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5 easy ways to keep your points from expiring

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5 easy ways to keep your points from expiring

One of the easiest things to do is forget you have points or miles in a loyalty account and lose them to expiration. This is especially an issue since a lot of loyalty programs suspended point expirations during the pandemic, but now they have re-implemented their old policies. Thankfully, there are numerous ways to keep them alive, but here are 5 easy ways to keep your points from expiring.

I was reminded that Singapore Airlines miles normally expire if you don’t use them within 36 months ( they’re automatically extending them for 6 months if they expire this year ). I received an email and checked my account. Without the pandemic extension, I’d lose nearly 100k miles to expiration!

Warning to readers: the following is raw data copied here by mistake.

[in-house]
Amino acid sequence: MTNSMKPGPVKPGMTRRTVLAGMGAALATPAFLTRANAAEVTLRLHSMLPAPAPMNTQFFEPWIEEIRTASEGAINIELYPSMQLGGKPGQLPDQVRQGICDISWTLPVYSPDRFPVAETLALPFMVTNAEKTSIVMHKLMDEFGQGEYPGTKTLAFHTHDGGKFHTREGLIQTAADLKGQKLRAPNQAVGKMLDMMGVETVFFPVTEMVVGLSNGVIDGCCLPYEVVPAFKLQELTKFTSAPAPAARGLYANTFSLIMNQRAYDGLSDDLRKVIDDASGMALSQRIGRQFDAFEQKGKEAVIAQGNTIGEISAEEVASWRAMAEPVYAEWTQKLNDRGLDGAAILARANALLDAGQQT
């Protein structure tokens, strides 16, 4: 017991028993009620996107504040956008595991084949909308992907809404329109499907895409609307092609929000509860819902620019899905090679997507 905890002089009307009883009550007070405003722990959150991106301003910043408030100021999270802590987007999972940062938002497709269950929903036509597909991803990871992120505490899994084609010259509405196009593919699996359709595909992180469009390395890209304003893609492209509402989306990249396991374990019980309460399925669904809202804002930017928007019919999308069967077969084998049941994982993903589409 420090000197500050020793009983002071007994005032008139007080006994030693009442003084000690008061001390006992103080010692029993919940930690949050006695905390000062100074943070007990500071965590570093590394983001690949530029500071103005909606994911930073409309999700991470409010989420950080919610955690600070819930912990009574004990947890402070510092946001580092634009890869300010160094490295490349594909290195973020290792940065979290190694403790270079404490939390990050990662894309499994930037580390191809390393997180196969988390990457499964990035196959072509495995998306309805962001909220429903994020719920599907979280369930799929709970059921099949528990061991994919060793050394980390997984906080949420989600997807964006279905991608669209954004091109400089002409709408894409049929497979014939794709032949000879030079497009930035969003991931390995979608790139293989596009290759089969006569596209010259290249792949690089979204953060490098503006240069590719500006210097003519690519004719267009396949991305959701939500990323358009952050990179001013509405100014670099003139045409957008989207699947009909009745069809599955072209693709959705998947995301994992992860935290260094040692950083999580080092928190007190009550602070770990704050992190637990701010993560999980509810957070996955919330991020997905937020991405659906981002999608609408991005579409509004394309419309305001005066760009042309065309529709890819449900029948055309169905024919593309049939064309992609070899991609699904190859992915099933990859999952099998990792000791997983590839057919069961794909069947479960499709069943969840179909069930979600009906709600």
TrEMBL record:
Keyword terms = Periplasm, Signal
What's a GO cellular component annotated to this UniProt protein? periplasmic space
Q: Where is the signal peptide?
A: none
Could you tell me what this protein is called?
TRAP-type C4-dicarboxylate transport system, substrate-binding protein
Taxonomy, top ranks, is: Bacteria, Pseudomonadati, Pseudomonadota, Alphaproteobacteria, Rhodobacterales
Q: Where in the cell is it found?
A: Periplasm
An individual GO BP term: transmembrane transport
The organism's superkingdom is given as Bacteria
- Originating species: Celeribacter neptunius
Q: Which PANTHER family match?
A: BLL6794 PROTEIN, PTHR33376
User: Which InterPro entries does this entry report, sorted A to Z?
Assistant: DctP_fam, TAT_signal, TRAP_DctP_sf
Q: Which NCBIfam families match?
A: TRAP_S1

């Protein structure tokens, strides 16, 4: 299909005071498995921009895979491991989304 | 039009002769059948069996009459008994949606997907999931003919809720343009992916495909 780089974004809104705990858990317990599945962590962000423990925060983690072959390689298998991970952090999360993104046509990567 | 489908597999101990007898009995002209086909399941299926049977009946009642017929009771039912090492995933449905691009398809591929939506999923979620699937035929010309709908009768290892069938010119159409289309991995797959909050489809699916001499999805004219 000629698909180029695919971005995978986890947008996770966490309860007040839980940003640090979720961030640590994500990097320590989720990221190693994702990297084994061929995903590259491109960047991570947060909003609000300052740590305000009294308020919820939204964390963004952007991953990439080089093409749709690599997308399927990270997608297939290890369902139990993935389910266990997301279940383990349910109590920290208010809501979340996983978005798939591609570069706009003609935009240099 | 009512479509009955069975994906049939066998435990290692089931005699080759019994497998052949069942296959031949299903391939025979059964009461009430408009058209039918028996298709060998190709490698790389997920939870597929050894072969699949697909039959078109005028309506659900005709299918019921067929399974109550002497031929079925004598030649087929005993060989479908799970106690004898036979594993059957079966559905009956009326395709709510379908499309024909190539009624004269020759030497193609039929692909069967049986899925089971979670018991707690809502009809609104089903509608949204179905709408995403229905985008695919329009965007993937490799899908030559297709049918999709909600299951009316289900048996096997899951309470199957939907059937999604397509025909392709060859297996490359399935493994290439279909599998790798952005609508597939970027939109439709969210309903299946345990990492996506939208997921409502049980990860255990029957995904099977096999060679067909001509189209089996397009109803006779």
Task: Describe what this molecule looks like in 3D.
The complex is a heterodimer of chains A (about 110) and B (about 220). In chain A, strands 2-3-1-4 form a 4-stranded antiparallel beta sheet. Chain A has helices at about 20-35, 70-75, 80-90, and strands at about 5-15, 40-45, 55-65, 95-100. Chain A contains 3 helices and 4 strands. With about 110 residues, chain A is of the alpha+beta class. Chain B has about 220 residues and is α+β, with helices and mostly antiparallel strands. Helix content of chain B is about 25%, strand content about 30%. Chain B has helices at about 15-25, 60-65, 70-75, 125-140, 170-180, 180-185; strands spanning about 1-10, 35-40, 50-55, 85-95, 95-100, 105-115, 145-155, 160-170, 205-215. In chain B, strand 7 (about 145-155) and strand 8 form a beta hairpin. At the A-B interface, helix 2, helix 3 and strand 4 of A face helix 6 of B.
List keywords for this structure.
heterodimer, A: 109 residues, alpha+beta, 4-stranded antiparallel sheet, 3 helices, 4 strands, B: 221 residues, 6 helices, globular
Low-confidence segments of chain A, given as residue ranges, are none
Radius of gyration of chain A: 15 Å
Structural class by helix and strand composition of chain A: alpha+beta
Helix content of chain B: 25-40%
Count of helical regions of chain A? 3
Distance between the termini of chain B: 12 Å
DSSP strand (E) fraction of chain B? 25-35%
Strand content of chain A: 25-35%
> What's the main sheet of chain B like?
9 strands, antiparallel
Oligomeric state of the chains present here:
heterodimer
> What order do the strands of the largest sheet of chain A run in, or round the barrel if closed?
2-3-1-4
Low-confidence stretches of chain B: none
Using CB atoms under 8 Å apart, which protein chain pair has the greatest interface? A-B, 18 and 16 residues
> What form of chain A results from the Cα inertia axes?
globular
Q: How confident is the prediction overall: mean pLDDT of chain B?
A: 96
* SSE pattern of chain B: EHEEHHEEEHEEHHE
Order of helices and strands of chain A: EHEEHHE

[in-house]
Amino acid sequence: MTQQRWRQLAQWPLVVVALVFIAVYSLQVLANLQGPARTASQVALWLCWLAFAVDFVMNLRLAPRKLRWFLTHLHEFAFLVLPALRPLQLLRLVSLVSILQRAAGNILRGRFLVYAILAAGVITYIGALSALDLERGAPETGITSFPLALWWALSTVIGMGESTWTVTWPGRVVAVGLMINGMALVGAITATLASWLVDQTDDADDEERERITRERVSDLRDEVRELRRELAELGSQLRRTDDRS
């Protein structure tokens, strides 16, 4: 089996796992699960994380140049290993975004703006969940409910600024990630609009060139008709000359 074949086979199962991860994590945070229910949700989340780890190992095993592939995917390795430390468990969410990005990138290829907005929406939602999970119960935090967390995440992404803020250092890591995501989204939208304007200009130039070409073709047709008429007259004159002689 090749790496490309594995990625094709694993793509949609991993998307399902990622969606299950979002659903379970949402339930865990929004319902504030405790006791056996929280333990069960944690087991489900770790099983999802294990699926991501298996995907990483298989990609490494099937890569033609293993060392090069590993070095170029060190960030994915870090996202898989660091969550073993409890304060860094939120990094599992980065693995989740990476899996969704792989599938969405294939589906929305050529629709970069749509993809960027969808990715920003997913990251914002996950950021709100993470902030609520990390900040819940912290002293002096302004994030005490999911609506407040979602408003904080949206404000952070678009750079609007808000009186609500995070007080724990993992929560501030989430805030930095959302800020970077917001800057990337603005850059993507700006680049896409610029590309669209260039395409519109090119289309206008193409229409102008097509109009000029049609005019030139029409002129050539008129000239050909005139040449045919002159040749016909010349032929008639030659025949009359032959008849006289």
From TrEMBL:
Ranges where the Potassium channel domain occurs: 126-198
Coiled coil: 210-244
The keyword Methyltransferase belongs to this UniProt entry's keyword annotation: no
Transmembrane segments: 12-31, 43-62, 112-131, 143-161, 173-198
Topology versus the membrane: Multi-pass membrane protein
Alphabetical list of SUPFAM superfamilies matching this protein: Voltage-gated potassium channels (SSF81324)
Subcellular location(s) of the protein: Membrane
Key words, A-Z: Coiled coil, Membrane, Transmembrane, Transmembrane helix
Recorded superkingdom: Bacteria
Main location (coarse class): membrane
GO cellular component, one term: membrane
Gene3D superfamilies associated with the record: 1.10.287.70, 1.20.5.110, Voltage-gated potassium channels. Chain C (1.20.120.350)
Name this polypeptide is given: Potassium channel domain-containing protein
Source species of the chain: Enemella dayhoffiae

a screenshot of a graph
Don’t let your Singapore Airlines miles expire!

How often do points and miles expire?

Great question….Here’s a basic chart that will help keep track

ProgramExpiration afterExtend?Transfer Partner
Aeromexico24 monthswith activityAmex
Air Canada18 monthswith any activityAmex
Alaska AirwaysAccounts locked after 24 months of inactivityCall to restartMarriott
American Airlines18 months
with any activityBilt, Marriott
ANA36 monthsnopeAmex
Asiana10 yearsnopeMarriott
British Airways36 monthswith any activityChase, Amex, Cap1, Marriott
DeltaNeverAmex, Marriott
Emirates3 yearsnopeBilt, Chase, Amex, Citi, Cap1, Marriott
Etihad18 monthsAcitivtyAmex, Citi, Marriott
EVA36 monthsnopeCap1, Citi
Flying Blue: KLM/Air France24 monthsActivityAmex, Bilt, Chase, Citi, Cap1, Marriott
HawaiianNo expirationAmex, Bilt
Iberia36 monthsActivityChase, Amex, Marriott
JAL36 monthsnopeMarriott